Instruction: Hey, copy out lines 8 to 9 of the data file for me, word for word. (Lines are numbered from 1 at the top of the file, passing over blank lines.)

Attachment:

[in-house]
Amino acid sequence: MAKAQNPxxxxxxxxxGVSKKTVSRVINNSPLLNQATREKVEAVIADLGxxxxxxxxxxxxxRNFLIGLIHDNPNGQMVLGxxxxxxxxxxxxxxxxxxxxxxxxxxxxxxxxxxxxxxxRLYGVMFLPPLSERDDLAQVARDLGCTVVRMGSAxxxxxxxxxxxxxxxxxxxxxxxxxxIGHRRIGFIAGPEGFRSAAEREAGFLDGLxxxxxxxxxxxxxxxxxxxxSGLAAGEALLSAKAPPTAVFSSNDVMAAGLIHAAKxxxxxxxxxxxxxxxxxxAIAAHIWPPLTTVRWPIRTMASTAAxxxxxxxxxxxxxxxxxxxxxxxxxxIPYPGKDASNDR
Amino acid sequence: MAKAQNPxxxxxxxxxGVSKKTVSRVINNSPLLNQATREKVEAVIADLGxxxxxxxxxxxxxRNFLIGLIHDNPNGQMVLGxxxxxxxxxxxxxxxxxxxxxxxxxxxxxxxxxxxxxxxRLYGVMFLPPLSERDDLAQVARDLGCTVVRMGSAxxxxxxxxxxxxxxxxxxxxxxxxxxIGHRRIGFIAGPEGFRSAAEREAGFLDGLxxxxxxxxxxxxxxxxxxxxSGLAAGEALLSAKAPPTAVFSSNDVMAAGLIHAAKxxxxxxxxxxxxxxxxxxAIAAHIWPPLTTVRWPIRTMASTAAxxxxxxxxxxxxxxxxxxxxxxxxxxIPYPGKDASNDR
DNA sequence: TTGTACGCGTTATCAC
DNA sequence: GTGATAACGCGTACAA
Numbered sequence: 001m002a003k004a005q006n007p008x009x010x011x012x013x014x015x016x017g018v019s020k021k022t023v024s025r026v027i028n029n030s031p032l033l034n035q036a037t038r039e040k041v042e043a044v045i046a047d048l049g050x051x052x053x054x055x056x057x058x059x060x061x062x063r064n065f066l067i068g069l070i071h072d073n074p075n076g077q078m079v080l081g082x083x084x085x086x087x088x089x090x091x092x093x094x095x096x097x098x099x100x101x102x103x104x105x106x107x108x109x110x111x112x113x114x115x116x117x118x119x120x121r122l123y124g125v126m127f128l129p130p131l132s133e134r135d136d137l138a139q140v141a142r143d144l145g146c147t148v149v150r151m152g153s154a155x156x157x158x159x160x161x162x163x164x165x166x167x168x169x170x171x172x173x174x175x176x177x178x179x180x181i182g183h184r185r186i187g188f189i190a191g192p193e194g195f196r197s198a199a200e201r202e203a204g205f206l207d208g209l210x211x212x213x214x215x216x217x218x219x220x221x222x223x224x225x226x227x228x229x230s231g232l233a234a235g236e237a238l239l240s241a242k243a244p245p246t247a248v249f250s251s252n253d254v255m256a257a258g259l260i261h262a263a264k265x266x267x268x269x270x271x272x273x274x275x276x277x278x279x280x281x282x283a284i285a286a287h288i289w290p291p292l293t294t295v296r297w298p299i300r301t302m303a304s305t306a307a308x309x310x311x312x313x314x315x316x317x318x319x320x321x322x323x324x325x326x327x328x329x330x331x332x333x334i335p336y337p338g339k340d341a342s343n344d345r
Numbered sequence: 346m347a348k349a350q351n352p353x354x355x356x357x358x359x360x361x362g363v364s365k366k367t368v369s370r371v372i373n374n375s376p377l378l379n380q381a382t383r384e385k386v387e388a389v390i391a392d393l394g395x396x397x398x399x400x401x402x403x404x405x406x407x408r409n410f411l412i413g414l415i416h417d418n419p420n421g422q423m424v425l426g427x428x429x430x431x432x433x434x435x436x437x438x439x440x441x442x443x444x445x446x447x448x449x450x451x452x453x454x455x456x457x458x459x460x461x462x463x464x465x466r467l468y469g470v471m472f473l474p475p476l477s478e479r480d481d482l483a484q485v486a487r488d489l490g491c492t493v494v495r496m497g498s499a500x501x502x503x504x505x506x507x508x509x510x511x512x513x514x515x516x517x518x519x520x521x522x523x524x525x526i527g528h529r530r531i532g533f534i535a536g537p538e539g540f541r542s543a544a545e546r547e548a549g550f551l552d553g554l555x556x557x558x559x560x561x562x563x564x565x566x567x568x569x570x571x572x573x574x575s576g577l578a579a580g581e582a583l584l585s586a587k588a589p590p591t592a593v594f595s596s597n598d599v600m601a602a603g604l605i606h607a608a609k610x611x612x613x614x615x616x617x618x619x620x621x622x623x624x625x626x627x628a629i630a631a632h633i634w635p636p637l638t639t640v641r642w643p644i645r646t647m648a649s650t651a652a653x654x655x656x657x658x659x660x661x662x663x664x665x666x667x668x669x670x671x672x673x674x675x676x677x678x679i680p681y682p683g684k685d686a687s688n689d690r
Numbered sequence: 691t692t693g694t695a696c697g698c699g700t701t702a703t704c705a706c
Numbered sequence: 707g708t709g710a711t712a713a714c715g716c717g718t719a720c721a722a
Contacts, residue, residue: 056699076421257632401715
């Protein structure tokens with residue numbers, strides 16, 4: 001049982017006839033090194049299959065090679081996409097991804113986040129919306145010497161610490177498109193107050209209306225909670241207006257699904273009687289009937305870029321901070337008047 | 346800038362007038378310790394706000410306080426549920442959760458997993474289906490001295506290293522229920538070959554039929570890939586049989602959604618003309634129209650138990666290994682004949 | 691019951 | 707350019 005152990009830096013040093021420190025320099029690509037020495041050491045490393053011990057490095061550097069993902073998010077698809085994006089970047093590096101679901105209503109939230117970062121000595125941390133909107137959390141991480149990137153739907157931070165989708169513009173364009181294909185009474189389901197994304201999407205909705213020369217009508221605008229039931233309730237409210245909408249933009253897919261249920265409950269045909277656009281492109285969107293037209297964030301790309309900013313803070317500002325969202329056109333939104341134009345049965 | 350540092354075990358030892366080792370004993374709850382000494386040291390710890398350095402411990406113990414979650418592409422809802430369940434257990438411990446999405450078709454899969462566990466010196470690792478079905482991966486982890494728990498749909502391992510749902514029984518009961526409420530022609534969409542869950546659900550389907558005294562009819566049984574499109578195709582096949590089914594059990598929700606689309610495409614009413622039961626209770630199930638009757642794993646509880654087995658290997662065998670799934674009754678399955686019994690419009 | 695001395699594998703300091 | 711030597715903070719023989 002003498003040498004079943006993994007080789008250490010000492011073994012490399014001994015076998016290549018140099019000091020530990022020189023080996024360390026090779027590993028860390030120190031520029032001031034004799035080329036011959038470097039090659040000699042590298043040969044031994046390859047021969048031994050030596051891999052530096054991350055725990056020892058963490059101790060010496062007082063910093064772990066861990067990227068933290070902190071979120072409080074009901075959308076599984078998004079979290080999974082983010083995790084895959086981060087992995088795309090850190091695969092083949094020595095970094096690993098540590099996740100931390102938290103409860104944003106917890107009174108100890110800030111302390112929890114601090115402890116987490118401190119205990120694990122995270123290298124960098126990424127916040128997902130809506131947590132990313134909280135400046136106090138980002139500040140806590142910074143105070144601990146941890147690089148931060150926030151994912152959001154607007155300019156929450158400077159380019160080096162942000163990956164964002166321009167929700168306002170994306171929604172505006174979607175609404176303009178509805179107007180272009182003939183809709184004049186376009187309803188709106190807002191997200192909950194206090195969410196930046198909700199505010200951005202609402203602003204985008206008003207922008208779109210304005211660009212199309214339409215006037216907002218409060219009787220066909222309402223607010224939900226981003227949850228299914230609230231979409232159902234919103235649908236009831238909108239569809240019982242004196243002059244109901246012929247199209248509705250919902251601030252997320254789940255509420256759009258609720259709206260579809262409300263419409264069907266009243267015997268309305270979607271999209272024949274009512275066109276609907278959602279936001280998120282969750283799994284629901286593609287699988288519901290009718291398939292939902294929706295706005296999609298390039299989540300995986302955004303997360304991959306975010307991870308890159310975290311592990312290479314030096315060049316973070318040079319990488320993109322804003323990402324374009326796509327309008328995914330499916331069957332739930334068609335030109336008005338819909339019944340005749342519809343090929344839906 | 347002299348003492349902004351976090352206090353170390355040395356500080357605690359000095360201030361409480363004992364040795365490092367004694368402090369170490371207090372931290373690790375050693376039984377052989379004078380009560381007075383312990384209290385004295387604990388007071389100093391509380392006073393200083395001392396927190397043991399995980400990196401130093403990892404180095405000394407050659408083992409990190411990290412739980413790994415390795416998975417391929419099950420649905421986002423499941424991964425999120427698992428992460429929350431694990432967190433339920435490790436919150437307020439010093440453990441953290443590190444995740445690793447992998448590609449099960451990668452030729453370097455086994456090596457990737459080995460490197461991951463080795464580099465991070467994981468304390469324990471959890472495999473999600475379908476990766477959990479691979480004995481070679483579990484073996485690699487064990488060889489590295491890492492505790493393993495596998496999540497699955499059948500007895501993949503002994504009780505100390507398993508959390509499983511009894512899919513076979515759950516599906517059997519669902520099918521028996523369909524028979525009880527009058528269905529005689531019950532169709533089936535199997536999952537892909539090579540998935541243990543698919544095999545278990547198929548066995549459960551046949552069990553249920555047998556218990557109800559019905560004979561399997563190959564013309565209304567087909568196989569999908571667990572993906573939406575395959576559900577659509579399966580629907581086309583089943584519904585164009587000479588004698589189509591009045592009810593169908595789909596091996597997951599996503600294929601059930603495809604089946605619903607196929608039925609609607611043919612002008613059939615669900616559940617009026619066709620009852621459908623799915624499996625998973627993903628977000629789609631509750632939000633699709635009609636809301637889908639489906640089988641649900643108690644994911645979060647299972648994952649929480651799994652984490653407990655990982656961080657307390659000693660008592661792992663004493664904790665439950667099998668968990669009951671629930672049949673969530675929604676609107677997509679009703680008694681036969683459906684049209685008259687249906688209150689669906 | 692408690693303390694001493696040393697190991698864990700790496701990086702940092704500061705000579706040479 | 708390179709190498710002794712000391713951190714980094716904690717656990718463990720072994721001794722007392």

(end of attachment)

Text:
Numbered sequence: 691t692t693g694t695a696c697g698c699g700t701t702a703t704c705a706c
Numbered sequence: 707g708t709g710a711t712a713a714c715g716c717g718t719a720c721a722a